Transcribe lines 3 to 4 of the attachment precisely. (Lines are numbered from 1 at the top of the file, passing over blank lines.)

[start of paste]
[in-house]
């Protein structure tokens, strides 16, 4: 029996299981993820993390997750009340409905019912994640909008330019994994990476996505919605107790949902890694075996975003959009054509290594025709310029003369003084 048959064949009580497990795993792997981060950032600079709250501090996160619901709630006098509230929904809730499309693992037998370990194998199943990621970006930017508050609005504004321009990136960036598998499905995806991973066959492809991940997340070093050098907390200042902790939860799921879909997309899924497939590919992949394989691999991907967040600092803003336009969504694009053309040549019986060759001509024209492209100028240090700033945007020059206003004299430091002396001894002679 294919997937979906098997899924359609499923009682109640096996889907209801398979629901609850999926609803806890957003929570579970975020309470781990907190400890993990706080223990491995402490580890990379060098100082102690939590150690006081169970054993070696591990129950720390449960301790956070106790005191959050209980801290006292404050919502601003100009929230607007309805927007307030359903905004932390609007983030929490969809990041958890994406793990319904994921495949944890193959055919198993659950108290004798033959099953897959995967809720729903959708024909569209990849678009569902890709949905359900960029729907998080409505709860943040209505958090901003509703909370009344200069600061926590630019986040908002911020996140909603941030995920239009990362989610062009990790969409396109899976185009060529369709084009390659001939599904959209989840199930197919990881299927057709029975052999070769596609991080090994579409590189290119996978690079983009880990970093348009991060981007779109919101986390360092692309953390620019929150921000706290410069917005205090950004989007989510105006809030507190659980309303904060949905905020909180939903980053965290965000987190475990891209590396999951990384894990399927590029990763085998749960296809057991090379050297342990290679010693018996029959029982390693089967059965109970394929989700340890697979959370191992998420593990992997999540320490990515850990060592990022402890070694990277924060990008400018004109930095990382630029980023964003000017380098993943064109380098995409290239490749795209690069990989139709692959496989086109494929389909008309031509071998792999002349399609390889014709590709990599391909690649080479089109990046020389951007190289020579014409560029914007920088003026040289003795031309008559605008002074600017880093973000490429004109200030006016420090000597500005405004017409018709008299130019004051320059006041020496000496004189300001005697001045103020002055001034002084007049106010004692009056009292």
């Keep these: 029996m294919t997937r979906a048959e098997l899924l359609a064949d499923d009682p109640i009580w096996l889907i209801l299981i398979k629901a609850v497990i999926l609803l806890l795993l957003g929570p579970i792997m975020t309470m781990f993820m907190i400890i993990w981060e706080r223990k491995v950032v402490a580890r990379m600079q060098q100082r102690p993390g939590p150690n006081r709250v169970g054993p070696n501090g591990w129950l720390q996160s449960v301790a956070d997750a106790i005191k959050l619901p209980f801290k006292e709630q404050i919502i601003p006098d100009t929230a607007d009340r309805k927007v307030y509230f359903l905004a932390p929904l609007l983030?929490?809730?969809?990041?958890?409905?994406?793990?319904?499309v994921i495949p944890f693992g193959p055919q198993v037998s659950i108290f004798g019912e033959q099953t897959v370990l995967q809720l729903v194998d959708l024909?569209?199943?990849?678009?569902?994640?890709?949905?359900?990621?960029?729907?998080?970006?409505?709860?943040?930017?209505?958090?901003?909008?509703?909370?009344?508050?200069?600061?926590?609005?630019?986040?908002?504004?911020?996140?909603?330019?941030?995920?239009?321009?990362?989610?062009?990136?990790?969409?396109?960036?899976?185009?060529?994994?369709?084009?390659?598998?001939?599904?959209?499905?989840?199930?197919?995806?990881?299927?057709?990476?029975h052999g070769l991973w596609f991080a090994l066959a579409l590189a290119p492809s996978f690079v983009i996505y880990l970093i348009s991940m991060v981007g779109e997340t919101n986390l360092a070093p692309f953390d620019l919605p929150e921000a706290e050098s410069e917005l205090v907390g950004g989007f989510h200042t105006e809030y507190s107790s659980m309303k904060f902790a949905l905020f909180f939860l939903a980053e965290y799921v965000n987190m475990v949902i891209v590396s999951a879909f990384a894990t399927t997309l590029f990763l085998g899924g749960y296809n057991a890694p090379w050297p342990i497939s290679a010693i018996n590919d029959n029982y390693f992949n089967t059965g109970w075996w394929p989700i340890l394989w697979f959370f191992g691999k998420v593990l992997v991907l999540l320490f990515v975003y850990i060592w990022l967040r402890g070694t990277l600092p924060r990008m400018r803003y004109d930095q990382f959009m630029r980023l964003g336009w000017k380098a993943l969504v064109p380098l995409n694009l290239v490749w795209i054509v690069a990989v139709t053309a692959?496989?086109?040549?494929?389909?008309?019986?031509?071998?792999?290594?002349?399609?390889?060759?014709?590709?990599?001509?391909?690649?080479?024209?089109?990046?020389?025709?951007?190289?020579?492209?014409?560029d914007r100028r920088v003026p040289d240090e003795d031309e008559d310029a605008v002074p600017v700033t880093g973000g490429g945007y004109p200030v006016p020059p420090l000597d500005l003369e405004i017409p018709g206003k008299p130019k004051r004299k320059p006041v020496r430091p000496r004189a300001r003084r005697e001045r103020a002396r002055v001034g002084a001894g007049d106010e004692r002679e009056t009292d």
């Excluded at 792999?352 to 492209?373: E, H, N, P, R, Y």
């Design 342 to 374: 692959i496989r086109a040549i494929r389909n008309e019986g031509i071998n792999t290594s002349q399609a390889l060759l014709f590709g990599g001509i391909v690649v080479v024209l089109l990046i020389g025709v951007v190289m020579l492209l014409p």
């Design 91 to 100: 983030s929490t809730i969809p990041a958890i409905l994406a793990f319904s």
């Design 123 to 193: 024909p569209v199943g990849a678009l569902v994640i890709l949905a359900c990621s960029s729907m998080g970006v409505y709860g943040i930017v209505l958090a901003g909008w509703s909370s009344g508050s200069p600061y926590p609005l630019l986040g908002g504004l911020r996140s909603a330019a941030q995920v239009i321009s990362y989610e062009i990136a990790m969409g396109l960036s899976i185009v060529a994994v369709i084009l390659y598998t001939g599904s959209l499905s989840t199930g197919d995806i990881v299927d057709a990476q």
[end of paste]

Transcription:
């Keep these: 029996m294919t997937r979906a048959e098997l899924l359609a064949d499923d009682p109640i009580w096996l889907i209801l299981i398979k629901a609850v497990i999926l609803l806890l795993l957003g929570p579970i792997m975020t309470m781990f993820m907190i400890i993990w981060e706080r223990k491995v950032v402490a580890r990379m600079q060098q100082r102690p993390g939590p150690n006081r709250v169970g054993p070696n501090g591990w129950l720390q996160s449960v301790a956070d997750a106790i005191k959050l619901p209980f801290k006292e709630q404050i919502i601003p006098d100009t929230a607007d009340r309805k927007v307030y509230f359903l905004a932390p929904l609007l983030?929490?809730?969809?990041?958890?409905?994406?793990?319904?499309v994921i495949p944890f693992g193959p055919q198993v037998s659950i108290f004798g019912e033959q099953t897959v370990l995967q809720l729903v194998d959708l024909?569209?199943?990849?678009?569902?994640?890709?949905?359900?990621?960029?729907?998080?970006?409505?709860?943040?930017?209505?958090?901003?909008?509703?909370?009344?508050?200069?600061?926590?609005?630019?986040?908002?504004?911020?996140?909603?330019?941030?995920?239009?321009?990362?989610?062009?990136?990790?969409?396109?960036?899976?185009?060529?994994?369709?084009?390659?598998?001939?599904?959209?499905?989840?199930?197919?995806?990881?299927?057709?990476?029975h052999g070769l991973w596609f991080a090994l066959a579409l590189a290119p492809s996978f690079v983009i996505y880990l970093i348009s991940m991060v981007g779109e997340t919101n986390l360092a070093p692309f953390d620019l919605p929150e921000a706290e050098s410069e917005l205090v907390g950004g989007f989510h200042t105006e809030y507190s107790s659980m309303k904060f902790a949905l905020f909180f939860l939903a980053e965290y799921v965000n987190m475990v949902i891209v590396s999951a879909f990384a894990t399927t997309l590029f990763l085998g899924g749960y296809n057991a890694p090379w050297p342990i497939s290679a010693i018996n590919d029959n029982y390693f992949n089967t059965g109970w075996w394929p989700i340890l394989w697979f959370f191992g691999k998420v593990l992997v991907l999540l320490f990515v975003y850990i060592w990022l967040r402890g070694t990277l600092p924060r990008m400018r803003y004109d930095q990382f959009m630029r980023l964003g336009w000017k380098a993943l969504v064109p380098l995409n694009l290239v490749w795209i054509v690069a990989v139709t053309a692959?496989?086109?040549?494929?389909?008309?019986?031509?071998?792999?290594?002349?399609?390889?060759?014709?590709?990599?001509?391909?690649?080479?024209?089109?990046?020389?025709?951007?190289?020579?492209?014409?560029d914007r100028r920088v003026p040289d240090e003795d031309e008559d310029a605008v002074p600017v700033t880093g973000g490429g945007y004109p200030v006016p020059p420090l000597d500005l003369e405004i017409p018709g206003k008299p130019k004051r004299k320059p006041v020496r430091p000496r004189a300001r003084r005697e001045r103020a002396r002055v001034g002084a001894g007049d106010e004692r002679e009056t009292d």
């Excluded at 792999?352 to 492209?373: E, H, N, P, R, Y």